The median price for two-bedroom flats in the city center has fallen by 19% in the past year, compared to just 4% in the rest of the city. It also takes twice as long to sell an apartment in downtown SF than anywhere else in the city, and the neighborhood’s purchase prices were the lowest since 2017.

On the other hand, single-family home sales are stronger in San Francisco, which shows more demand than in the condo market.

Nearly two-thirds of SF home sales closed over the final asking price in 2022, compared to just 33% of the city’s condo sales. The months of inventory (MSI) – the amount of time it will take to sell all the units on the market – for condos is nearly double that of the city’s housing stock, indicating much stronger demand from buyers for homes.

But for the first time in a decade, SF median home prices fell 1% to $1.78 million between 2021 and 2022.

While the drop isn’t good news for homeowners, experts say falling sales prices, low unemployment and easing inflation may be signs that the worst is over for the Bay Area’s beleaguered real estate market.

“Our economy has been so technology-based, and the ability for that industry to operate more easily than other industries means we’re particularly hard hit here,” New said. “[The SF economy has] kind of just became a one-trick pony for technology, and at the time it was great, and we rode it out. But I’m hoping that there’s a little more diversity in the next growth in our market—and the growth will come, it’s just when is it going to be?”

Ready for a comeback?

Some local real estate agents and market experts say that anecdotally it feels like residential real estate in the city is starting to bounce back from its post-pandemic slump.

All the buyer’s hesitation that had houses on the market for months has reportedly dried up. Compass analysts say agents are reporting increased buying and buyer activity compared to the end of 2022.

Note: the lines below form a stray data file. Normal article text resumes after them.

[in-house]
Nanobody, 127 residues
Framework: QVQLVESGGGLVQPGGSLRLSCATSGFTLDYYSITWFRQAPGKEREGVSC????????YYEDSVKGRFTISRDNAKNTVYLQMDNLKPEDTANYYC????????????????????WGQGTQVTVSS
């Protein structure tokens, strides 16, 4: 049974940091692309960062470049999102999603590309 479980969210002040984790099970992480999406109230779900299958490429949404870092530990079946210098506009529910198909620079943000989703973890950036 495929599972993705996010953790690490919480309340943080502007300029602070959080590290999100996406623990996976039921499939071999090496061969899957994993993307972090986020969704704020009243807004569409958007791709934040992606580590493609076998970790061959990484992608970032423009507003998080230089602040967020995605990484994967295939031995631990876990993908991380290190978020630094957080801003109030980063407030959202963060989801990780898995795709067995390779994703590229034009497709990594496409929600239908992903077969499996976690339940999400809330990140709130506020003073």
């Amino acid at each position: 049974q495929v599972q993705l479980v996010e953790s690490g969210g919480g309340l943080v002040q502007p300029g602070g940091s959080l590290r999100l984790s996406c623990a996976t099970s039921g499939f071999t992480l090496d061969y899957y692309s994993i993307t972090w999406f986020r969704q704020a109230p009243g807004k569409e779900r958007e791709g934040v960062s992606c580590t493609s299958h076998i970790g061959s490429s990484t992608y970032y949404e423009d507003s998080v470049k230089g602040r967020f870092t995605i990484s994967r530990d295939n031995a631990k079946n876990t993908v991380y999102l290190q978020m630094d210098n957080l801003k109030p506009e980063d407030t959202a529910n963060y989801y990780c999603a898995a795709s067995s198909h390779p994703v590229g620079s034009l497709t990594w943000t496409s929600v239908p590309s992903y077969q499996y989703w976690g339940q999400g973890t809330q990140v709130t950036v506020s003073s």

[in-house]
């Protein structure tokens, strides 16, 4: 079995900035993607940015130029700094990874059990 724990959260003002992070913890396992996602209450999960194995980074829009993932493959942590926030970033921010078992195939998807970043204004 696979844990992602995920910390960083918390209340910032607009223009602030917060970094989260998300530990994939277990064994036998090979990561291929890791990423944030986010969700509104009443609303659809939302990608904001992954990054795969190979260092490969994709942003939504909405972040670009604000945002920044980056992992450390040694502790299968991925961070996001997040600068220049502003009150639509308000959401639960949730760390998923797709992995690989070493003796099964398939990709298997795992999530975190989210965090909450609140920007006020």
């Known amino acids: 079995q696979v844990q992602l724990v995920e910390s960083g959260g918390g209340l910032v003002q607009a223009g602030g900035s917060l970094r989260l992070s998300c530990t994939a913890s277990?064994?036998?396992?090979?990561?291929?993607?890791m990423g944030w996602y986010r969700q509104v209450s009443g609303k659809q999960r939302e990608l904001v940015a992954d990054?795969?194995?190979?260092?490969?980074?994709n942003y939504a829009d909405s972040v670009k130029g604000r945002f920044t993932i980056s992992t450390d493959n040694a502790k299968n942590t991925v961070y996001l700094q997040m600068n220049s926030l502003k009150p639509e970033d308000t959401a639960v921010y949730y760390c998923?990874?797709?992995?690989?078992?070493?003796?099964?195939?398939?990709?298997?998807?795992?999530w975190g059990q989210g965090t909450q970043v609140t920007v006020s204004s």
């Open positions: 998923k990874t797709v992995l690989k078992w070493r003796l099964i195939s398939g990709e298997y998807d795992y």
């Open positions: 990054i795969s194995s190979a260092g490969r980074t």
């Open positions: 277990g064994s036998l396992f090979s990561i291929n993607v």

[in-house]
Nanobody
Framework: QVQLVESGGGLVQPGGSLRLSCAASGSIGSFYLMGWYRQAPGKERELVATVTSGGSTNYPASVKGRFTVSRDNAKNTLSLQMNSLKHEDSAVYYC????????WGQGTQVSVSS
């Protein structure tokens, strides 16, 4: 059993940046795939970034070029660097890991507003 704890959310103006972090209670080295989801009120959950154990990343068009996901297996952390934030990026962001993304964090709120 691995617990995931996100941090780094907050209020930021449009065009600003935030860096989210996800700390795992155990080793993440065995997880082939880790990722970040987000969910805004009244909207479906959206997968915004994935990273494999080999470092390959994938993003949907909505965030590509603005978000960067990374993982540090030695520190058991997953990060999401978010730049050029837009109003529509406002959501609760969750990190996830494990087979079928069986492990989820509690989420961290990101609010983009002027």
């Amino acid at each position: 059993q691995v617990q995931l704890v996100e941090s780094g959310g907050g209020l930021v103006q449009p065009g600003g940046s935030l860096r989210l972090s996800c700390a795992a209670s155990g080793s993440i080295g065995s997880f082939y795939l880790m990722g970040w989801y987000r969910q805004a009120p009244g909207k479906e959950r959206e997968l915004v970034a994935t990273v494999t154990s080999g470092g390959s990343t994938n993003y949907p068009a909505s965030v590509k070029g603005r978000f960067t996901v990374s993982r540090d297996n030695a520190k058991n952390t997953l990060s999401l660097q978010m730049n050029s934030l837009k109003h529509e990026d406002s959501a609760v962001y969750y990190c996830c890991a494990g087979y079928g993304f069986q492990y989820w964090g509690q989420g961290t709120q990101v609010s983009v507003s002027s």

“In 2023, there is a lot of optimism in the market among agents,” says Kevin Patsel, Compass’ regional vice president for Northern California. “People are moving, buyers are coming out of the woodwork, and they’re ready to buy now that interest rates are down a bit from their highs.”

Indeed, new data suggests that even as technology continues to let go of thousands of employees, people are slowly creeping back to San Francisco. LinkedIn reports that the Bay Area was the second most relocated region in 2022, and data from the US Postal Service shows that the rate of out-migration from the city has slowed significantly from its pandemic peak. And new technological excitement around artificial intelligence could lure people back to the Bay Area, which now serves as the generative tech industry’s financial and intellectual capital.

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Pedestrians walk the streets of Hayes Valley, a central San Francisco district where tech and AI startups have begun to dominate and echo the local culture
“Cerebral Valley.” | Camille Cohen/The Standard

The result? Estate agents and market experts are eager to turn the page on a rough end to 2022, ushering in a new era for the city. Buyers have already closed on the city’s most expensive home at 3450 Washington St., a rare sale at an off-peak time of year.

“In some ways, I feel like this is a whole renaissance for San Francisco,” Patsel said. “People are coming back and reprioritizing, and it’s almost like we’re putting the pandemic behind us now.”

As optimistic as real estate agents are, it may take more than a surge in buyer interest to dig San Francisco out of its real estate slump.